A report into racism in the music industry has found there is “nothing stealthy” about the prejudices faced by artists and creators.
The report from the Black Lives in Music initiative has found that 6 out of 10 Black music creators have experienced racism, while 86% claim their race has provided barriers to career progress.
It follows revelations from artists such as Alexandra Burke and Tinie Tempah about how their race has impacted some of their interactions within the industry.
It is the first major study from the group, which cites its aims to “dismantle structural racism” in the industry, and also details pay disparities between black creators and their white counterparts to the tune of £299 per month.
Roger Wilson, author of the report, told the BBC Black musicians “are victims of pay disparity and lack of opportunities to progress,” describing racism in the industry as “serious, upfront and personal”.
“[The report] clearly shows that prejudice continues to be an issue – both implicit and structural,” Wilson added in presenting the study, and called for the industry to “take a good look at itself”.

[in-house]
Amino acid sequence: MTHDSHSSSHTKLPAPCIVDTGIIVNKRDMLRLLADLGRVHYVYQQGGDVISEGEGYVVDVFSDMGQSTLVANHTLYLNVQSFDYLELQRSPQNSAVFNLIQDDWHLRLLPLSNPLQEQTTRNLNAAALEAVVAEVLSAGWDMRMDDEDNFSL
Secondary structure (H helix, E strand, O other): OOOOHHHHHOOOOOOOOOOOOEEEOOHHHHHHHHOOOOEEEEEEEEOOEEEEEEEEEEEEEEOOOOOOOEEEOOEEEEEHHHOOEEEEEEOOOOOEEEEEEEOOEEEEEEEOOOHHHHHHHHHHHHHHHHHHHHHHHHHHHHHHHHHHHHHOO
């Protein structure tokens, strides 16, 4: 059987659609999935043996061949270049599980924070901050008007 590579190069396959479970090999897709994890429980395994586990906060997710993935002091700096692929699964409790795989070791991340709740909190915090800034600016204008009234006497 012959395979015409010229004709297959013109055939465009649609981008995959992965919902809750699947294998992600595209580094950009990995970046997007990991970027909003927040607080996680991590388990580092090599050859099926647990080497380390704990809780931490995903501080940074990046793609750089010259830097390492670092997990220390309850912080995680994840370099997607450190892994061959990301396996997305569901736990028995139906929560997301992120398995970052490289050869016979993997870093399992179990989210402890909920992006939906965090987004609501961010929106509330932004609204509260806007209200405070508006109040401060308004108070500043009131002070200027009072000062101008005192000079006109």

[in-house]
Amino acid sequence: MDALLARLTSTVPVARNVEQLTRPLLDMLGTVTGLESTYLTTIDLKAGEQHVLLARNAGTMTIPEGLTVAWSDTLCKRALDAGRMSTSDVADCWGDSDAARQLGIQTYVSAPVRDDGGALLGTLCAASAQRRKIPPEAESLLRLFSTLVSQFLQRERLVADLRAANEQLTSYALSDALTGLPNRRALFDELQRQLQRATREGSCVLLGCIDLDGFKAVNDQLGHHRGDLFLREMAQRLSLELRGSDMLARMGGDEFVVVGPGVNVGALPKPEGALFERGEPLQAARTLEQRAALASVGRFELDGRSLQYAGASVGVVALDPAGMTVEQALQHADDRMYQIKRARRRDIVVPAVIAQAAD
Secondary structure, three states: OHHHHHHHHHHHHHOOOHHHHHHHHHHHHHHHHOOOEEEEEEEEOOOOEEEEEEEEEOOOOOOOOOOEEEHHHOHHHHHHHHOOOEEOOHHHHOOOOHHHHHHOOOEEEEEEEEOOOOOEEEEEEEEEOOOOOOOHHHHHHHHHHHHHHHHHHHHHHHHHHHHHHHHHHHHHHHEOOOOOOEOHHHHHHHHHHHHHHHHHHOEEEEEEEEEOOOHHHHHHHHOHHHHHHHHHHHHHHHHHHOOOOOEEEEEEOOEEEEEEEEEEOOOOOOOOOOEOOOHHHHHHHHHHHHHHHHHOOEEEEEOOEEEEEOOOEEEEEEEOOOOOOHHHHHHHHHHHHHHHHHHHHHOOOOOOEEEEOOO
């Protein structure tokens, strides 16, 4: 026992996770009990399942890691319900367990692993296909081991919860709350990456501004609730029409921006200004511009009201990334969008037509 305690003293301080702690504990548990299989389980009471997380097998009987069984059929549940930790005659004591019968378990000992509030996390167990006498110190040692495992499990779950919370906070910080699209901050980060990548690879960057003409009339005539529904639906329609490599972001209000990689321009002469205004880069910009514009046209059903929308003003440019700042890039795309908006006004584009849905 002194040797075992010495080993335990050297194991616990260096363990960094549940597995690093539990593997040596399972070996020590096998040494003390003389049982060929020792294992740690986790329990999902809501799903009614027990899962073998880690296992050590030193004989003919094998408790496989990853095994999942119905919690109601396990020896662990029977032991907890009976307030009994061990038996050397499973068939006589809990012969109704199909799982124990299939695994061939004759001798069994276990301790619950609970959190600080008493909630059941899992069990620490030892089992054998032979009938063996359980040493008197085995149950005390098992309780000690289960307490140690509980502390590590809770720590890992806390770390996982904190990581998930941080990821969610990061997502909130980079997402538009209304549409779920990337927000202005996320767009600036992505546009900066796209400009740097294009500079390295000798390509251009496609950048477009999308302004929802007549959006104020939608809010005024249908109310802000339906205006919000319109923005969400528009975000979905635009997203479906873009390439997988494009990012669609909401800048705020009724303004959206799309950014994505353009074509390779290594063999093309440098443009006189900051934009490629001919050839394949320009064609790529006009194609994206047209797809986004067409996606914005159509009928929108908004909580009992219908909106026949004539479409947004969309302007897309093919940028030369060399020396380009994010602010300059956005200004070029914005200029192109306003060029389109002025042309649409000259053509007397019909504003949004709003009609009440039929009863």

The report also found that 31% of Black music creators say their mental wellbeing has worsened since starting in the industry, which rises to to 42% of Black women.
Meanwhile, four in 10 people said they had been forced into a genre “which is not true to me”.
At senior industry levels, only one in five roles (19.9%) are filled by Black and ethnically diverse people.
Following the publication of the report, Black Lives in Music chief executive Charisse Beaumont said: “The voices of Black music creators and industry professionals can no longer be ignored. Change must achieved but this can only happen if it is done together.”
According to respondents to the report and other public comments from artists, discrimination faced has ranged from outright racist comments and “jokes about… skin colour” to “hostile working environments” and budget inconsistencies.
Meanwhile, in a recent interview, Tinie Tempah questioned budget disparities between rappers and folk artists which don’t necessarily reflect sales, and noted that – while barriers to entry in music might be lower than at times in the past – challenges faced by Black artists remain significant.
“There are still lots of people that are racist. So it just depends on what happens beyond that point that you’re discovered or that everyone likes your music,” the rapper said.
“If you’re with a good set of people, maybe you might have an easier ride than someone did 10 years ago, or maybe 20 years ago, or maybe 30 years ago. But is it equal yet? I would say no.”